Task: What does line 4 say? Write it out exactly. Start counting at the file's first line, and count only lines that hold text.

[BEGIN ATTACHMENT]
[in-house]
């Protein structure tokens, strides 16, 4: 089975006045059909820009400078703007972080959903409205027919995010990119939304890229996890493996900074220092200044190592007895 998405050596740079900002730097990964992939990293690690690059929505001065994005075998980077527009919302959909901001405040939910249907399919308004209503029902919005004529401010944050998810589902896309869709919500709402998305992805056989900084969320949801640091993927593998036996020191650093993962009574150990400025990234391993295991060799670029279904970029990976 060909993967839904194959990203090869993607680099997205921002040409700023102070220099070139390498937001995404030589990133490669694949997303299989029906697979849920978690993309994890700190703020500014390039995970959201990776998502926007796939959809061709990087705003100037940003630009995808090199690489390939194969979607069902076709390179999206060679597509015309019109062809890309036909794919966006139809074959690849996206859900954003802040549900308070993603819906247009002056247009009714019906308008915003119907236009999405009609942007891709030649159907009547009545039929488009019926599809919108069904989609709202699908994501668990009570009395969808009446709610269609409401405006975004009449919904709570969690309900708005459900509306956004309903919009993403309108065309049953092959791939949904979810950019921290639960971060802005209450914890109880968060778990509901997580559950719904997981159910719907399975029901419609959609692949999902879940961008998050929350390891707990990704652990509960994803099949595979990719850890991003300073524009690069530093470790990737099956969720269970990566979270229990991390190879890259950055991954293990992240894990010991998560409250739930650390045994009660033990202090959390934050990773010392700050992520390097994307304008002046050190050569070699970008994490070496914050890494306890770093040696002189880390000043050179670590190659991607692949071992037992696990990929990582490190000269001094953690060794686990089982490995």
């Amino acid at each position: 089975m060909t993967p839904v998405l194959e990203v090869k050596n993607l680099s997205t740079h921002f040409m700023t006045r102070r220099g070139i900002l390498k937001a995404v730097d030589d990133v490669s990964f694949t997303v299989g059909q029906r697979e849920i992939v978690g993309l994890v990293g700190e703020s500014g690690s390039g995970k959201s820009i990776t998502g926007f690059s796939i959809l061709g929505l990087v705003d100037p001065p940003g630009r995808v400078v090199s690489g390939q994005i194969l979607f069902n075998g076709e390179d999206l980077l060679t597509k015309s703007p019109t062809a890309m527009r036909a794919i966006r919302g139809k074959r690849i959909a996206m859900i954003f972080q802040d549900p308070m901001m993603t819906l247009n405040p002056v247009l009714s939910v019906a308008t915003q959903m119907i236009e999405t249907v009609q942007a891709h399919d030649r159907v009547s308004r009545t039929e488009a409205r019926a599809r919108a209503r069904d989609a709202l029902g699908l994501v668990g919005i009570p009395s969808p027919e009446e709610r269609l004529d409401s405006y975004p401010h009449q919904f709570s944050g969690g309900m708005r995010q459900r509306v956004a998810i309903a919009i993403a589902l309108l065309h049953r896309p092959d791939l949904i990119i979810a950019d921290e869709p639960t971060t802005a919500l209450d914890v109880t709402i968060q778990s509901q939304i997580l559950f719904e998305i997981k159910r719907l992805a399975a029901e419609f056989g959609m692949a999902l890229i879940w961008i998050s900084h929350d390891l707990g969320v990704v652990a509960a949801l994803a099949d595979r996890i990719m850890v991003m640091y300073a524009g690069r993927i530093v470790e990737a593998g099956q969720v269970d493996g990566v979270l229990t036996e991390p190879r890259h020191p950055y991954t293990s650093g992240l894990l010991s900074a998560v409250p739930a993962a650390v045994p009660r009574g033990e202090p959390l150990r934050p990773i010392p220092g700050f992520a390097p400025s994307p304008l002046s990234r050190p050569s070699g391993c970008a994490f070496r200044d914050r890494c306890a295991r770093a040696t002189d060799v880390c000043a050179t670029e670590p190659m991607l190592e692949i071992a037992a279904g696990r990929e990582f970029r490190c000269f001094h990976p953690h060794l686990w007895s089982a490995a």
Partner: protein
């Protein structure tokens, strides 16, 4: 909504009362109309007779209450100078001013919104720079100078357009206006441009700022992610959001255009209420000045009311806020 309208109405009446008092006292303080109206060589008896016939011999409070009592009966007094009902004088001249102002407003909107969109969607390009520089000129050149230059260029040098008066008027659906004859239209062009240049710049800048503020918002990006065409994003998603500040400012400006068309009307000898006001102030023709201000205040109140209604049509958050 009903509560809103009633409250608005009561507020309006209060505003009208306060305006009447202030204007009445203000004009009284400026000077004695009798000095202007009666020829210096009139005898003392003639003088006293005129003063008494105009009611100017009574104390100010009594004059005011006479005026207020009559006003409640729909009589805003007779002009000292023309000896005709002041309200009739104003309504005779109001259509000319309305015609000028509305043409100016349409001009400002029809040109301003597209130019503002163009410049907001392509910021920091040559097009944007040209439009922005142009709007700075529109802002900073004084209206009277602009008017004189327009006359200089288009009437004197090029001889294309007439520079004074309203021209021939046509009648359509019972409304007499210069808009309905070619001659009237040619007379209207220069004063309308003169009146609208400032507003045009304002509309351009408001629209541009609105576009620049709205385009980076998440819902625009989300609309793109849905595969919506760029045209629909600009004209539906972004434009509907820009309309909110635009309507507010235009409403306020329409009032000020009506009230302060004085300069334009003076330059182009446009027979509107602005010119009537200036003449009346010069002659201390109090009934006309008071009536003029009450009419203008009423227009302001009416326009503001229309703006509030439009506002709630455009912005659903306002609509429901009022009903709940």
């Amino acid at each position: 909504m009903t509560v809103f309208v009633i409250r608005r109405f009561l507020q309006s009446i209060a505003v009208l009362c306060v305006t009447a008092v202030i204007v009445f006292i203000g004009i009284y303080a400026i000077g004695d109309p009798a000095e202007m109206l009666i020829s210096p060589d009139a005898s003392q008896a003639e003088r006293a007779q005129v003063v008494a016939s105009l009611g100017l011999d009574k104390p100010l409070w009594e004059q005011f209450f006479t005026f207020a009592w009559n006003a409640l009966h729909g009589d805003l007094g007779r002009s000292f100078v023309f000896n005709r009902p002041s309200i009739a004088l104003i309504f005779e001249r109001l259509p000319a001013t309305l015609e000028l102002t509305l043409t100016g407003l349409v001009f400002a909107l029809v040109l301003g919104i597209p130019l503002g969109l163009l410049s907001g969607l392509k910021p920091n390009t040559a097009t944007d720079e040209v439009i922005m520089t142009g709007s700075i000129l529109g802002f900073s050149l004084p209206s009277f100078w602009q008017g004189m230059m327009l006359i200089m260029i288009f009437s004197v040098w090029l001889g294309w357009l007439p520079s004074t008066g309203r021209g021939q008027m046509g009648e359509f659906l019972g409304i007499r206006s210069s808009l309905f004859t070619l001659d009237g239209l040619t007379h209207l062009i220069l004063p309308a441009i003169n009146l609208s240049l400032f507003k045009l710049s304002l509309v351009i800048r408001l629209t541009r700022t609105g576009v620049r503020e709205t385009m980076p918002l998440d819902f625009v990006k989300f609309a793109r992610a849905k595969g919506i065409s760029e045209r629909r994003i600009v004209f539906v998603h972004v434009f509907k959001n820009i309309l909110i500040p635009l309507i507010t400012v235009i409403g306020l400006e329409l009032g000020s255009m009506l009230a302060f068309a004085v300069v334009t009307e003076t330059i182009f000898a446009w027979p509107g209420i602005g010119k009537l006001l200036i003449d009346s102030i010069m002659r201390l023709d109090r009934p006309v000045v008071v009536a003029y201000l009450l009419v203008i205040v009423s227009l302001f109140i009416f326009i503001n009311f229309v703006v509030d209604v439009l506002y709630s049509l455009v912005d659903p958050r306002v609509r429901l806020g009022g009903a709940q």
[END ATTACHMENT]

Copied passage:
Partner: protein